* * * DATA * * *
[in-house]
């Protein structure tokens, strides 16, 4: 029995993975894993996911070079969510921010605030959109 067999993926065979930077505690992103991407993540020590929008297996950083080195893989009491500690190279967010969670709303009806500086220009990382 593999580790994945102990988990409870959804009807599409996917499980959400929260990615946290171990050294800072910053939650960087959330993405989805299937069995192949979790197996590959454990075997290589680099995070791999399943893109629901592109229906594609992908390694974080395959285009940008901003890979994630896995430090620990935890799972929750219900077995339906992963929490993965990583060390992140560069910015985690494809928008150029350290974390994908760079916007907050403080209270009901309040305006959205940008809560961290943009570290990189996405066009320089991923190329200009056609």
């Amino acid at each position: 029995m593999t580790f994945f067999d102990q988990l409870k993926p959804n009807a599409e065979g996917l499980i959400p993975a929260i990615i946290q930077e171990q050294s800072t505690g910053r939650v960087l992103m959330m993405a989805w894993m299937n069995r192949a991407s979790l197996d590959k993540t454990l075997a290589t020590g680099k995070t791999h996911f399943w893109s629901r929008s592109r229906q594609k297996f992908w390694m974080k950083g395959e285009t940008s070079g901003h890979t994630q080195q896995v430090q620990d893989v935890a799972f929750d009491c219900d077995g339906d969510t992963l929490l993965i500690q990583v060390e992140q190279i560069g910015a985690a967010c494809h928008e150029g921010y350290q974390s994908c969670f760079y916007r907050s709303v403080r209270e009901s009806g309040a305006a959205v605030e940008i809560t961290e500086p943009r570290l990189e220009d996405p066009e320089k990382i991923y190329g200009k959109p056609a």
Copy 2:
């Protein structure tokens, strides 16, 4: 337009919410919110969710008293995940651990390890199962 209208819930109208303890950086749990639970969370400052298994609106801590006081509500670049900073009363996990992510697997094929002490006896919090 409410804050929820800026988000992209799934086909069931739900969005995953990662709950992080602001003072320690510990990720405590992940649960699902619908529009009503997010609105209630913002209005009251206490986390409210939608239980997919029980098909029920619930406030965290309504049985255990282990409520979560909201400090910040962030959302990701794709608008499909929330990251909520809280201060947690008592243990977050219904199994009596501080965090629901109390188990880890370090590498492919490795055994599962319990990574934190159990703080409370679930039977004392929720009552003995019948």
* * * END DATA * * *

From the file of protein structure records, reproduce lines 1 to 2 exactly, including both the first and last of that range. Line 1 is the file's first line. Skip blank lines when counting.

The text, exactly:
[in-house]
């Protein structure tokens, strides 16, 4: 029995993975894993996911070079969510921010605030959109 067999993926065979930077505690992103991407993540020590929008297996950083080195893989009491500690190279967010969670709303009806500086220009990382 593999580790994945102990988990409870959804009807599409996917499980959400929260990615946290171990050294800072910053939650960087959330993405989805299937069995192949979790197996590959454990075997290589680099995070791999399943893109629901592109229906594609992908390694974080395959285009940008901003890979994630896995430090620990935890799972929750219900077995339906992963929490993965990583060390992140560069910015985690494809928008150029350290974390994908760079916007907050403080209270009901309040305006959205940008809560961290943009570290990189996405066009320089991923190329200009056609």